You may have heard sports chiropractors and massage therapists talking about different ways to treat soft tissue injuries like sports injuries and repetitive use injuries. Terms like deep tissue massage, Active Release Techniques, and Graston Technique are thrown around frequently in sports and running groups. But how do you know what will work best for you, or even what you will prefer? Let’s breakdown two of the most common therapies performed by a sports chiropractor, Active Release Techniques and Graston Technique, and see which comes out ahead!
This technique does not require any tools other than the practitioner’s hands. There are protocols for almost every muscle, ligament, and tendon in the body, and there is even an advanced set of protocols to treat nerve entrapments at many sites. Injuries like carpal tunnel syndrome, plantar fasciitis, tennis and golf elbow, swimmer’s shoulder, shin splints, hip and knee pain, and sciatica can all be resolved successfully with Active Release Techniques. For any particular protocol, the involved muscle is first placed in the shortest possible position. The sports chiropractor then takes a hand or thumb contact on the problem area in the muscle tissue, and holds this contact with tension vectored in a specific direction, as the patient moves the body part so that the muscle is lengthened. The Active Release Techniques protocols reduce adhesion in the muscles and other tissues, resulting in less pain and better function. If you’ve had a deep tissue massage, you will recognize some of the same sensations during this treatment, it’s not painful, but it’s not always comfortable either. Most patients will report that they feel a “good hurt” sensation during the treatment, and that the muscle usually gets less tender as the adhesion starts to lessen. Active Release Techniques is a great chiropractic treatment that restores functional movement.
Graston Technique in Hawaii
This technique uses a set of metal tools to breakdown adhesions in overworked muscles and ligaments. The resonant quality of the metal allows the sports chiropractor to “feel” the adhesions in the tissue due to vibrations through the tool. Your practitioner will already have a good sense of where the adhesions are through the exam and manual palpation, but this extra sense is a nice bonus once treatment is started. Depending on pain tolerance, treatment location, and severity of injury, you will feel something on a spectrum of nothing to oh-my-gosh-must-keep-breathing-that-is-painful! The area will generally become warm as adhesion is removed, and you may see petechia (small red dots) forming on the skin surface which is evidence of adhesions breaking up. There are different shaped tools for different body parts, and when choosing a tool, consideration is given to how deep or how superficial the problematic muscle is. A lubricant is used with the tools to provide the right amount of friction against the skin, and is based on yours and the sports chiropractor’s preference. Common choices are coconut oil, deep tissue cream/lotion, Biofreeze, and the lotion that is sold with the Graston tools.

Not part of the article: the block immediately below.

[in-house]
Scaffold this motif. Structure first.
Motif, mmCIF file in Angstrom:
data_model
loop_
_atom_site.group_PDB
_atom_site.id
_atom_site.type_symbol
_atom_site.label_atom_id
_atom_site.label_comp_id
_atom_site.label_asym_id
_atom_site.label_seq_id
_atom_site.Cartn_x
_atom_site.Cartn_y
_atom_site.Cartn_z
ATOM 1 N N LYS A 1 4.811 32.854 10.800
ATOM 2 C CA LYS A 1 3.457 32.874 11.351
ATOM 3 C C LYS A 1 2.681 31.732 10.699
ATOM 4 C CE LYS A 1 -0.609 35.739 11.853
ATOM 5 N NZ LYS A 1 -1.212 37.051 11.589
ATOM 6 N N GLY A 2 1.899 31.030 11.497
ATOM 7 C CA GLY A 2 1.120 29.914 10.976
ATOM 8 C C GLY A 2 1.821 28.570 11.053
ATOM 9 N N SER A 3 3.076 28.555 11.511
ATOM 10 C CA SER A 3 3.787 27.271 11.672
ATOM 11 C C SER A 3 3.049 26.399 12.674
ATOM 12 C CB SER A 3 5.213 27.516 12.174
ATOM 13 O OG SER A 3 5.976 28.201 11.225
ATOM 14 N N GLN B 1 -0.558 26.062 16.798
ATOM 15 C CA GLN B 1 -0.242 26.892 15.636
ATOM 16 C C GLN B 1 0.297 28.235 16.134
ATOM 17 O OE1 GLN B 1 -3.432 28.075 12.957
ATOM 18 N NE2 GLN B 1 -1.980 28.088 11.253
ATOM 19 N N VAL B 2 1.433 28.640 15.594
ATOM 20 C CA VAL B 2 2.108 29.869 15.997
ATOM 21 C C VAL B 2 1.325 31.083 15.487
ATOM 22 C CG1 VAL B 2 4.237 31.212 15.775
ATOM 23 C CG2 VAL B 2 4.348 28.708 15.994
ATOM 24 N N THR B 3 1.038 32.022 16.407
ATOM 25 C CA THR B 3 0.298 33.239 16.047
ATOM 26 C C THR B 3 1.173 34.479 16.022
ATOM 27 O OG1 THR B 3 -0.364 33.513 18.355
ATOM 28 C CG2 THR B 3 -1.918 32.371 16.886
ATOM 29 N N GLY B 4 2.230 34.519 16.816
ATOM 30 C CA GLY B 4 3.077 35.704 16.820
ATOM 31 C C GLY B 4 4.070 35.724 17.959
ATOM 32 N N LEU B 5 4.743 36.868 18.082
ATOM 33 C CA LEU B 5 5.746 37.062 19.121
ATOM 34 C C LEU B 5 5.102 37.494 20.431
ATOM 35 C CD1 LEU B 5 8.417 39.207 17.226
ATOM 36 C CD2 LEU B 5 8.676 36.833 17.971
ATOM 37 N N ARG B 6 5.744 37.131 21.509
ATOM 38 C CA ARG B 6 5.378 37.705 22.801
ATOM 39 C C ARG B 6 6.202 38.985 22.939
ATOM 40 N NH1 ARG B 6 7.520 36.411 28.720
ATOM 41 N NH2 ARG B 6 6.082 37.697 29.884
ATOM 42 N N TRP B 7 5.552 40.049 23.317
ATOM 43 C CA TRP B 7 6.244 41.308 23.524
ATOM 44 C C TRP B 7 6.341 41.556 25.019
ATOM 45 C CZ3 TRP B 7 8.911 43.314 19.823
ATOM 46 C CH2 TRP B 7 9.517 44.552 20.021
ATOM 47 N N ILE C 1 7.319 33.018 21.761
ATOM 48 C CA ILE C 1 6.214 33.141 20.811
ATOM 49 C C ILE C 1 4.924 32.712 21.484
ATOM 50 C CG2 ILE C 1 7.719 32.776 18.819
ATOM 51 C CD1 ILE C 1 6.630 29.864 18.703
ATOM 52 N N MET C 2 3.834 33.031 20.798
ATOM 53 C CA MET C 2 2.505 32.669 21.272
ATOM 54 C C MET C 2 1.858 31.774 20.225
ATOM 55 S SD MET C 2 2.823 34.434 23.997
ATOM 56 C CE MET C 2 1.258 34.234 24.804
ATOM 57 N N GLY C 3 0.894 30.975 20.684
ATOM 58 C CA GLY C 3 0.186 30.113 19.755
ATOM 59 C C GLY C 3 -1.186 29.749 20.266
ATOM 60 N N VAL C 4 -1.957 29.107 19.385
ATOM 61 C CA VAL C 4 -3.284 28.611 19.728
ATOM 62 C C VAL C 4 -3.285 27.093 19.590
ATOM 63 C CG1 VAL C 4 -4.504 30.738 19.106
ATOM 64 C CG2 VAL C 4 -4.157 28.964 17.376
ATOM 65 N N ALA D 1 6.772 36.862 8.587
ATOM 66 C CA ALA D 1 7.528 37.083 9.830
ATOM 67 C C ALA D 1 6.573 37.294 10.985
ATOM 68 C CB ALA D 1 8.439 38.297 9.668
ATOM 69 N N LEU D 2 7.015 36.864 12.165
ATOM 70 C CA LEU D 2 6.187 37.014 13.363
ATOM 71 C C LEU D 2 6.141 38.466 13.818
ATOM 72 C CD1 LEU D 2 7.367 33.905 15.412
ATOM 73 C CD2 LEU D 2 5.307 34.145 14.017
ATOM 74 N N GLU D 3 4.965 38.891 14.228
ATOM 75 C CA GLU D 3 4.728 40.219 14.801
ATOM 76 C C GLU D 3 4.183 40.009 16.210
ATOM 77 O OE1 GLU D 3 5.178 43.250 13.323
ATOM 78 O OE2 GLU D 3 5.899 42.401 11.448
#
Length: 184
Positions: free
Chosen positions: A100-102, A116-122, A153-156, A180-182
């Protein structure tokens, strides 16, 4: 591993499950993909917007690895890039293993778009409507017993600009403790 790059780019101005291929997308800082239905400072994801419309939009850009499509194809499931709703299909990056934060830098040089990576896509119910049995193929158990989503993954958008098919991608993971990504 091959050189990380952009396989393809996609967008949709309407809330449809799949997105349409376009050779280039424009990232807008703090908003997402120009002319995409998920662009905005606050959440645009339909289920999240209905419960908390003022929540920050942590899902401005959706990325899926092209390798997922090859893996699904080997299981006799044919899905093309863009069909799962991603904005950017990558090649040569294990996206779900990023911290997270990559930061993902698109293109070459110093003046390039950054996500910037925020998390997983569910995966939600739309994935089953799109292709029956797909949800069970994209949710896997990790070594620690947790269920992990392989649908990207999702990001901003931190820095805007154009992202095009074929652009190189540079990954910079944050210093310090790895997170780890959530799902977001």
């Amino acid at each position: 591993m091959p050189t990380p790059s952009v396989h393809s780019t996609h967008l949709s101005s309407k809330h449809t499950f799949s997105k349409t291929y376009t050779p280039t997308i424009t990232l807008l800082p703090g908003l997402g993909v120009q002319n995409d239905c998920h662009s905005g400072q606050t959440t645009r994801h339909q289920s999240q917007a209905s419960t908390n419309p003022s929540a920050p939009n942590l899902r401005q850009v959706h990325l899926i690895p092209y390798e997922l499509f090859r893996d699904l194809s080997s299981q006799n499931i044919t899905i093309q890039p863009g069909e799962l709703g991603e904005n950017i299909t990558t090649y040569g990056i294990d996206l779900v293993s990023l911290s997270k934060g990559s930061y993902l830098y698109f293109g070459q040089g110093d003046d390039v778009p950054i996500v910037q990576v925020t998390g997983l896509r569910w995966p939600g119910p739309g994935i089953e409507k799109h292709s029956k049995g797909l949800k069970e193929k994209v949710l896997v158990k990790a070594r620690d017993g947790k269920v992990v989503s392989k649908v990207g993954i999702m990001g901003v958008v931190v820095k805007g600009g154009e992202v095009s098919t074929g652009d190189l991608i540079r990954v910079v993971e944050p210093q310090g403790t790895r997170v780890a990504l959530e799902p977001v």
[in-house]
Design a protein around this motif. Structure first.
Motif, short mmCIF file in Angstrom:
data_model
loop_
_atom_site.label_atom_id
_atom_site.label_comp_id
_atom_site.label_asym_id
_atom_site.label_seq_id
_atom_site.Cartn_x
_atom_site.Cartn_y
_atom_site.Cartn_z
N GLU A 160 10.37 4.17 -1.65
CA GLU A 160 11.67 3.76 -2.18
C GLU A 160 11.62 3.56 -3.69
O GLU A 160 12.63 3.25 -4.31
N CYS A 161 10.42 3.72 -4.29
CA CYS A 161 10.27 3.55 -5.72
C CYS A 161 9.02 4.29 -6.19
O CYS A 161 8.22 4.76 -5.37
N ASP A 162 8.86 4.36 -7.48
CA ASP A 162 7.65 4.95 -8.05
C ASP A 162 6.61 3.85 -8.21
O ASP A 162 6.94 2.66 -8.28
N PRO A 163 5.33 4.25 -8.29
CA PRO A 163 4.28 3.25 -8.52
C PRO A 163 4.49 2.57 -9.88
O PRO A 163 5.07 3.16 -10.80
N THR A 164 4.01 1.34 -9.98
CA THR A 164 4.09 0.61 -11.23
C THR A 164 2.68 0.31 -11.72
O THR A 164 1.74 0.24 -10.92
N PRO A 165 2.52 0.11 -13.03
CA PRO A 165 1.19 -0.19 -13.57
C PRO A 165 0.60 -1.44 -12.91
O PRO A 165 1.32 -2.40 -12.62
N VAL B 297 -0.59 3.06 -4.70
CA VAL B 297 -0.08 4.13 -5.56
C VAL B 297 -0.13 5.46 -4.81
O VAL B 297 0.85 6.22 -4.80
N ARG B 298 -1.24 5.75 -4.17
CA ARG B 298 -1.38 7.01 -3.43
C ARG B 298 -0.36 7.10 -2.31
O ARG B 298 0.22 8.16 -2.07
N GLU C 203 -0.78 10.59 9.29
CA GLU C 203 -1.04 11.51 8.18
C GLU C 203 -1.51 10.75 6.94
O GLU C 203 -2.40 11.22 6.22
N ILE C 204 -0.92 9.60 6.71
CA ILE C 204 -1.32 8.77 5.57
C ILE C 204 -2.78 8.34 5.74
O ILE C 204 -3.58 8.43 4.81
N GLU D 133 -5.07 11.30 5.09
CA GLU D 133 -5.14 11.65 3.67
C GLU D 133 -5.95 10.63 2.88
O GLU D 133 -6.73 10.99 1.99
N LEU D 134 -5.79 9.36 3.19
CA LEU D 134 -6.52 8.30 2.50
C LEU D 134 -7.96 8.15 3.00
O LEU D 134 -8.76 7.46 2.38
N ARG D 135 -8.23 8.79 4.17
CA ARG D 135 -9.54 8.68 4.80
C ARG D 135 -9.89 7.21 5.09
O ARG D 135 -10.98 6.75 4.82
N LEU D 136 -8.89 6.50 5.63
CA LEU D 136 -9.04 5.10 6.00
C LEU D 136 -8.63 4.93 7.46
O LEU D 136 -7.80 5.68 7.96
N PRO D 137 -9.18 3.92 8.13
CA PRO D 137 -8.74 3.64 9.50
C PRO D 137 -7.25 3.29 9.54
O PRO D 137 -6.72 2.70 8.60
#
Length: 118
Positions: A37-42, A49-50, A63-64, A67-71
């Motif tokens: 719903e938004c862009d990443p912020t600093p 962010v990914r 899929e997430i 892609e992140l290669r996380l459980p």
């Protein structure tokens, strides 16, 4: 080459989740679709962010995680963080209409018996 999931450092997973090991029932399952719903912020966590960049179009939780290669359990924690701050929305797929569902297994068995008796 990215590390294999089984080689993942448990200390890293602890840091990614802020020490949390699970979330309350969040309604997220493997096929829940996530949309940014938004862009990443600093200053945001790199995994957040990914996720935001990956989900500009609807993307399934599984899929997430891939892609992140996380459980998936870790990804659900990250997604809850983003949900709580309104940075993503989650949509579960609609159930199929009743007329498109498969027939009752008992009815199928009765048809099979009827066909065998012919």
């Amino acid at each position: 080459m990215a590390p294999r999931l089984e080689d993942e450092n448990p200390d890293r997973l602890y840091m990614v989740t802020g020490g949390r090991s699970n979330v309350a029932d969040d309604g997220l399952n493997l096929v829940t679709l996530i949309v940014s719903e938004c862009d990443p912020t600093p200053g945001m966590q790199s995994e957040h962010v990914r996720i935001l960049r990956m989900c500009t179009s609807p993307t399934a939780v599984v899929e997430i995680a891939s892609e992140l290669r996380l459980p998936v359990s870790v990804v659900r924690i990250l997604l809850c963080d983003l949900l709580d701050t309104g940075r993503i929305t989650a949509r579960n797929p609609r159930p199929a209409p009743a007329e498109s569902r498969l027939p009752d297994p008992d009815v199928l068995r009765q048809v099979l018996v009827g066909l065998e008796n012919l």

Patients usually feel more sore after a Graston treatment than an Active Release Techniques, however many people report quicker results with Graston. Graston occasionally leaves some bruising, so if there is any reason that might be inappropriate for you, be sure to let your practitioner know at the start of the treatment. Some patients find the “scraping” sensations of the Grason tools like nails on a chalkboard, and others remark that it feels very therapeutic. Both techniques can be modified to fit the individual and the situation, so there is never more pressure than you feel comfortable with. A good sports chiropractor will rely on their experience to choose the best technique(s) for your particular injury, while reasonably accommodating your personal treatment preferences.
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